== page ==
They Don’t Have to Go Together
Saturday, May 18, 2013
by JULI SHULEM
I am a college student and exams are coming up. I tend to get really stressed-out about this time and I don’t think I handle getting ready for the exams very well. Can you offer some ideas on how to get through them better?
– Stressed Student
Dear Stressed Student,
As an Attention-Deficit Hyperactivity Disorder (ADHD) Productivity Coach, I work with college students all the time on how to get through exams without pulling all-nighters and becoming overly anxious.
The main secret is to prepare early – not just the night or two before the test. You should be preparing your notes all semester or quarter long, not just at the last minute. Fortunately, at this point in the term for many students, there is still plenty of time to take care of this properly.
To begin with, be sure you are eating well and getting enough sleep. If you aren’t taking care of your body, your mind won’t work for you as well. You may end up with less sleep as exams near – try not to – but if you have been lacking sleep up until that point, your recall will be weakened.
Setting up your study schedule:
Yes, you really need to do this. It’s not enough to simply say, “I’m going to study from 8 a.m.-midnight every day of finals week.” Block out the times you will study, and what specifically you will study, during those blocks of time. Typically, you will have more than one final, and perhaps even a paper or take-home final to schedule in there, so planning ahead is key. You will want to over-estimate the amount of time you think it might take you to read over or memorize material. Take time to put together a study guide for yourself. Making a system of your studying will make it flow and also help you to grasp key concepts more quickly.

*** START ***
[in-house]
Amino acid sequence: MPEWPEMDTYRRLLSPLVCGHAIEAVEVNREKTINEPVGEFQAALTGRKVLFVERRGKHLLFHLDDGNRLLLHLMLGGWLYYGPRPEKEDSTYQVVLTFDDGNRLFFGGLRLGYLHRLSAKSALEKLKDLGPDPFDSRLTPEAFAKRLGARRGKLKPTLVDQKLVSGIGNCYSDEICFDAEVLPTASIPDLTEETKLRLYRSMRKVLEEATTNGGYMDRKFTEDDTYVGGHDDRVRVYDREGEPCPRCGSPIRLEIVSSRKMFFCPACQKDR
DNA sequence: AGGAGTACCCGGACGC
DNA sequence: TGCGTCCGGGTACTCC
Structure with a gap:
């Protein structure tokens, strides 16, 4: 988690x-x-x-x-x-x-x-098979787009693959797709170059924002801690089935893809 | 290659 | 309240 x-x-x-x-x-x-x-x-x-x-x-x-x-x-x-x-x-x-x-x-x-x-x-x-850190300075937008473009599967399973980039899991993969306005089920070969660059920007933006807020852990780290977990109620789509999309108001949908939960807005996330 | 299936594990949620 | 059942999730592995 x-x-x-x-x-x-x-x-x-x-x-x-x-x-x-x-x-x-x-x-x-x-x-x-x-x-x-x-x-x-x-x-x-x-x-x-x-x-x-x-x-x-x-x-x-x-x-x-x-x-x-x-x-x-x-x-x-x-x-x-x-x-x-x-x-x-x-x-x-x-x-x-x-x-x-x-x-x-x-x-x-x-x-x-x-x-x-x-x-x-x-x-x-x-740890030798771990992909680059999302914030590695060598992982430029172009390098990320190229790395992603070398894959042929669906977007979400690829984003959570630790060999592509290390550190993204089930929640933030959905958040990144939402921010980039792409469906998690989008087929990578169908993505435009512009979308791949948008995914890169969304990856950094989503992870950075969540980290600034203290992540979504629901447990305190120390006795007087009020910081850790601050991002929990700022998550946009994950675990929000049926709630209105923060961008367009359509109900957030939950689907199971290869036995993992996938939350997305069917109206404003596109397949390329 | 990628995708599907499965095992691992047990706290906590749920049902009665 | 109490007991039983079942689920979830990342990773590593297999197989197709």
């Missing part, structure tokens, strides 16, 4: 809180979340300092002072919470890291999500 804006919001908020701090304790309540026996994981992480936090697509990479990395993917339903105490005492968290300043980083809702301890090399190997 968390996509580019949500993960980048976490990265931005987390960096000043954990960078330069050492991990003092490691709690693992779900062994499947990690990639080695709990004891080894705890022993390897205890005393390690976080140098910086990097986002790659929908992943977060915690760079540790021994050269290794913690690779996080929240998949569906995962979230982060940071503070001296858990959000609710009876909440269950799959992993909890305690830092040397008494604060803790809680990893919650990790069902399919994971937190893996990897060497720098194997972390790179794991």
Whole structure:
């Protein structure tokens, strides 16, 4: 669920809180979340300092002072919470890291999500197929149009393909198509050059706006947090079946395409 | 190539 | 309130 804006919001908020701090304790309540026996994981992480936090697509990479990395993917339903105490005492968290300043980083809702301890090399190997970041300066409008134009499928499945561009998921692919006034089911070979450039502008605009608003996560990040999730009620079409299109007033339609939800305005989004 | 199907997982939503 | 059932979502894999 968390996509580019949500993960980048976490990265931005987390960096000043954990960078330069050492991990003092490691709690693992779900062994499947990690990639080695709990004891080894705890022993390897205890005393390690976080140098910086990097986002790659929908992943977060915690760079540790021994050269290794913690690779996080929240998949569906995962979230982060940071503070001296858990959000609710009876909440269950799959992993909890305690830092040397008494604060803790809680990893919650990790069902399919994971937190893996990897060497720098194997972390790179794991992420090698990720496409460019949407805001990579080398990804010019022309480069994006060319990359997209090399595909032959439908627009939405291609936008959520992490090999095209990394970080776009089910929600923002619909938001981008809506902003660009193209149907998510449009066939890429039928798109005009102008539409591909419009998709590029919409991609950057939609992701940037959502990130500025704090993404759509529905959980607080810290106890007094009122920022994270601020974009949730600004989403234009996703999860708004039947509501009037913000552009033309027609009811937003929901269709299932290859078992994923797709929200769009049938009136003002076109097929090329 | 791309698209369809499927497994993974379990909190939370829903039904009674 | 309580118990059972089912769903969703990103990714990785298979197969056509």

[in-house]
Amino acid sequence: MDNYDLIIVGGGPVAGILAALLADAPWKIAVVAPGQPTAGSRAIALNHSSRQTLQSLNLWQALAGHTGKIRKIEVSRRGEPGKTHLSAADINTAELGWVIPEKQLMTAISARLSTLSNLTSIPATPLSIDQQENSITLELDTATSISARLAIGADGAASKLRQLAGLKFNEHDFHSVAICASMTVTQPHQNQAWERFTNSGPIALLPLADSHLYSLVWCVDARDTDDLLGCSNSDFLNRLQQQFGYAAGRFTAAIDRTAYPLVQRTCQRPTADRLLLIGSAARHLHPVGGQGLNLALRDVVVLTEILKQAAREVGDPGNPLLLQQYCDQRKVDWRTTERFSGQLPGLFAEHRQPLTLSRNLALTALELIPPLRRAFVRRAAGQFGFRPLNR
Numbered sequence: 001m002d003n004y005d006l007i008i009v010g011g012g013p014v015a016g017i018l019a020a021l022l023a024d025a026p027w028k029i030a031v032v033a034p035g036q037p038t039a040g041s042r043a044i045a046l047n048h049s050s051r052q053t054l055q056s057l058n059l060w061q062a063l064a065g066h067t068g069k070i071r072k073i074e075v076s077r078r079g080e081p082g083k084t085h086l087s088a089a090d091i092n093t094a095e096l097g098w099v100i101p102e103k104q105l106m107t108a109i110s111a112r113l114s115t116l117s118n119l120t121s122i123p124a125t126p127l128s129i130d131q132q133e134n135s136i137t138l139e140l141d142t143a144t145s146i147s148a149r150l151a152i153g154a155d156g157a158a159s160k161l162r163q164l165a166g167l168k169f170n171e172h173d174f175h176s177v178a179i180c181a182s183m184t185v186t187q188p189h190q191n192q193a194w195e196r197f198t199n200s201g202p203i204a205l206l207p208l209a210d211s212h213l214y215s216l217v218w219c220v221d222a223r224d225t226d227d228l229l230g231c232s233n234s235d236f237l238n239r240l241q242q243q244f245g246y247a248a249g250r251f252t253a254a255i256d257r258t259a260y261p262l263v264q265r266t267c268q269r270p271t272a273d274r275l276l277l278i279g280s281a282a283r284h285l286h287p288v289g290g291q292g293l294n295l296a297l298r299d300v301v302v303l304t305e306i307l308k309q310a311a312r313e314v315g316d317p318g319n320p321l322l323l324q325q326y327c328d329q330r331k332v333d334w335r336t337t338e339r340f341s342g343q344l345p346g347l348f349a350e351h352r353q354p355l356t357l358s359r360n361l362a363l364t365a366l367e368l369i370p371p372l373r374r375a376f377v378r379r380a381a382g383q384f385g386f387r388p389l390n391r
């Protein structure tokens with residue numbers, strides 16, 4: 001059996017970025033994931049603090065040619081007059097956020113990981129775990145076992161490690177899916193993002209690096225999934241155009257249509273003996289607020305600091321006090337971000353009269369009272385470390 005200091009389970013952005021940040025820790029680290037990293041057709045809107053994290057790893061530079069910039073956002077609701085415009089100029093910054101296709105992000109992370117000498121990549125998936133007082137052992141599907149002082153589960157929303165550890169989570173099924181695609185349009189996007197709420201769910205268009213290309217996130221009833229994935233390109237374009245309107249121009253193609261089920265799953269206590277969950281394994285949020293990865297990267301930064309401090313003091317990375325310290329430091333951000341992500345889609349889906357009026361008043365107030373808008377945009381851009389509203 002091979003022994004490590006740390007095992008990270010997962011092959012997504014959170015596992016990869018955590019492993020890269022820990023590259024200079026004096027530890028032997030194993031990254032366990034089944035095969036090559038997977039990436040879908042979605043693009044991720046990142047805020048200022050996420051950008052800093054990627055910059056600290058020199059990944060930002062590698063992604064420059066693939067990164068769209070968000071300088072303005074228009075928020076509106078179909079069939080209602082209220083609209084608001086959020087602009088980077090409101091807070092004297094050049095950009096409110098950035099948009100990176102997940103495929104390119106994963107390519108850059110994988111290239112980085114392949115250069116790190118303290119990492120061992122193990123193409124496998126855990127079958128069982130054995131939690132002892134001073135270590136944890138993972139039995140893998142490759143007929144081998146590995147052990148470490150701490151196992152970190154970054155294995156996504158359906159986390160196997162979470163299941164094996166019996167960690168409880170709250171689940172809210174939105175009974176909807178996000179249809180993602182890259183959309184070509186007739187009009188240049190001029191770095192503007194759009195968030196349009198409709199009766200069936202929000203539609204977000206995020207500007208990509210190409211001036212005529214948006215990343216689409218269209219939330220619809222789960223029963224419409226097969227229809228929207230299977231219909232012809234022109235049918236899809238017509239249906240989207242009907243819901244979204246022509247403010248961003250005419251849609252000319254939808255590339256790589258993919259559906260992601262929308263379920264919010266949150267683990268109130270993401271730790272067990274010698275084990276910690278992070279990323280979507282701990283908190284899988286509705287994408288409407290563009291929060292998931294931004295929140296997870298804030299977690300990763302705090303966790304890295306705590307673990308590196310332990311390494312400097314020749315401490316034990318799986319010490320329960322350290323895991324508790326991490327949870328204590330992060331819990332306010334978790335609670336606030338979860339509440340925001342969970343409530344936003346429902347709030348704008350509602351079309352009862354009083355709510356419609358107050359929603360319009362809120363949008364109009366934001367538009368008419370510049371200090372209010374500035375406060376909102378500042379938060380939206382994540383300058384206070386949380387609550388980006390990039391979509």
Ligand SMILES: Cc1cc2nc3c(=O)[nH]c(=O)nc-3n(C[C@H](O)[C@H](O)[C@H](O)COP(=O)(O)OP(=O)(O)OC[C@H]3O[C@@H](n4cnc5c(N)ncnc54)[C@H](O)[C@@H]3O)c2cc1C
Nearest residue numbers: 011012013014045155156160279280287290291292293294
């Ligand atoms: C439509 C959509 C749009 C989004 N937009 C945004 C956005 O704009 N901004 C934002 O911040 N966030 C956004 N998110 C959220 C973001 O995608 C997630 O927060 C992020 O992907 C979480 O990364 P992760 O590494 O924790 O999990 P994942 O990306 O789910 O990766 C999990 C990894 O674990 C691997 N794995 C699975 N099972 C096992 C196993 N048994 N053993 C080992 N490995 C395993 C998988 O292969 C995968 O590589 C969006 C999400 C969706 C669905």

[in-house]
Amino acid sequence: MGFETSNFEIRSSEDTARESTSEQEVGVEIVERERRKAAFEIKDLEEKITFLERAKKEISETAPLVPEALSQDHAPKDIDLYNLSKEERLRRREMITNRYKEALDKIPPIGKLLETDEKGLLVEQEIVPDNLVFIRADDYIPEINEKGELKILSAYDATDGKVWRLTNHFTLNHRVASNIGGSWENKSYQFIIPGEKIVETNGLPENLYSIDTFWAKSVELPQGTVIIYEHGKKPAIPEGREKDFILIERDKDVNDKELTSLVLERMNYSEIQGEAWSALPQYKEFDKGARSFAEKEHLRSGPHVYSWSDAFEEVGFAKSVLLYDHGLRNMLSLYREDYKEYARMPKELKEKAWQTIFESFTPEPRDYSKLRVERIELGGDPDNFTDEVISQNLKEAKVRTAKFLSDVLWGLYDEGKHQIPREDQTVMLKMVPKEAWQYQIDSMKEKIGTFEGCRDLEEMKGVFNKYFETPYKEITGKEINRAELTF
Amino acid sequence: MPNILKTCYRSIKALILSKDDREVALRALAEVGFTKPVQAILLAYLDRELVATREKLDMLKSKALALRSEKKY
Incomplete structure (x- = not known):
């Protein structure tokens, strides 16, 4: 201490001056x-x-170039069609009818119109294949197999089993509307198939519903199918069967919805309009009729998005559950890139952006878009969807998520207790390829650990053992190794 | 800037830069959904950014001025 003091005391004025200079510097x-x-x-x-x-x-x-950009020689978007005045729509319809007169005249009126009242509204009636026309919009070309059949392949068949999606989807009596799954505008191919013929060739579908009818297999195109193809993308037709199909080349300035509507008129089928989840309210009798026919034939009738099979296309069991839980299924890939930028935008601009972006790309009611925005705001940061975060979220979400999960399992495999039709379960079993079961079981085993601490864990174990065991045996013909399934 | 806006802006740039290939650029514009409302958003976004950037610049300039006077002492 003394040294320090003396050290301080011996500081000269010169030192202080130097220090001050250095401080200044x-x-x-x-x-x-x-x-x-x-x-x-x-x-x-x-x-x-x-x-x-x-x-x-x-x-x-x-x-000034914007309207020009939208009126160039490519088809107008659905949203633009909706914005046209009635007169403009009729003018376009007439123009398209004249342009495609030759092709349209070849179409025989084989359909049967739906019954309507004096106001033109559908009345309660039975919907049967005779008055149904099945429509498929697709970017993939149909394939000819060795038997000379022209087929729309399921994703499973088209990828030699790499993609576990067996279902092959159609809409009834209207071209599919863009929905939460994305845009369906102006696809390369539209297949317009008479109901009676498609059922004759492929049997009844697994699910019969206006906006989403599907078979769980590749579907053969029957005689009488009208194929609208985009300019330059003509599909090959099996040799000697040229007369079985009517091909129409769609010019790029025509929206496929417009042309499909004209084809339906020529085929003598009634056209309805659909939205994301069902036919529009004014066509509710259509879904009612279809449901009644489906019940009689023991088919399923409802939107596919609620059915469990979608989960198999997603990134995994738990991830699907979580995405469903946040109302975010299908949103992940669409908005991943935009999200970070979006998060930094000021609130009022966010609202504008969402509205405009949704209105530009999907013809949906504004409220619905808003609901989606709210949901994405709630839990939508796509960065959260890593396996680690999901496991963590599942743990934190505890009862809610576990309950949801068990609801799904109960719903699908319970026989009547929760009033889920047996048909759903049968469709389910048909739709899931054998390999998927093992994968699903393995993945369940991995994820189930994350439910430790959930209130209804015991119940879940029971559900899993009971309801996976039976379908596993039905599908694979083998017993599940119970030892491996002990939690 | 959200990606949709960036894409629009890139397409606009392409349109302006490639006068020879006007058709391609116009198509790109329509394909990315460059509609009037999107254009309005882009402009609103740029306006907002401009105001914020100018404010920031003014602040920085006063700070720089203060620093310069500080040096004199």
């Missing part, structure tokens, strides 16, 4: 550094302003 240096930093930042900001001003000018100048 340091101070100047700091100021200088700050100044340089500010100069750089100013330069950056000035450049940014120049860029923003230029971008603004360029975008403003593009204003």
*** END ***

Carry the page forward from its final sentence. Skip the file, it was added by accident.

Mix it up:
You can’t expect to study non-stop. Breaks can actually help your mind work better and your brain retain better too. Especially if things just aren’t clicking for you and you find your mind spinning in circles, stop and do something else for a while. Take a walk, read a book, talk to a friend or something innocuous for an hour or so, and then come back to your studying again. Sometimes changing the subject you are working on is useful. Be sure to schedule time to workout – even just 20 minutes of exercise will facilitate information processing and memory functions, as per a study by the Department of Exercise Science at the University of Georgia, 2003.
The day before the exam, you should take time to relax a bit, and get a long night’s rest. Studying up till the very last minute generally doesn’t work out in your favor. It could even cause panic attacks, if you start to see something you don’t yet know. There is only so much you can cram into your brain last minute, so trust that if you put the time into studying up to this point, you have done well. Re-read your notes, flip through your flashcards, and go into your exam not only well read but well fed, well-rested, and with a clear mind and positive attitude.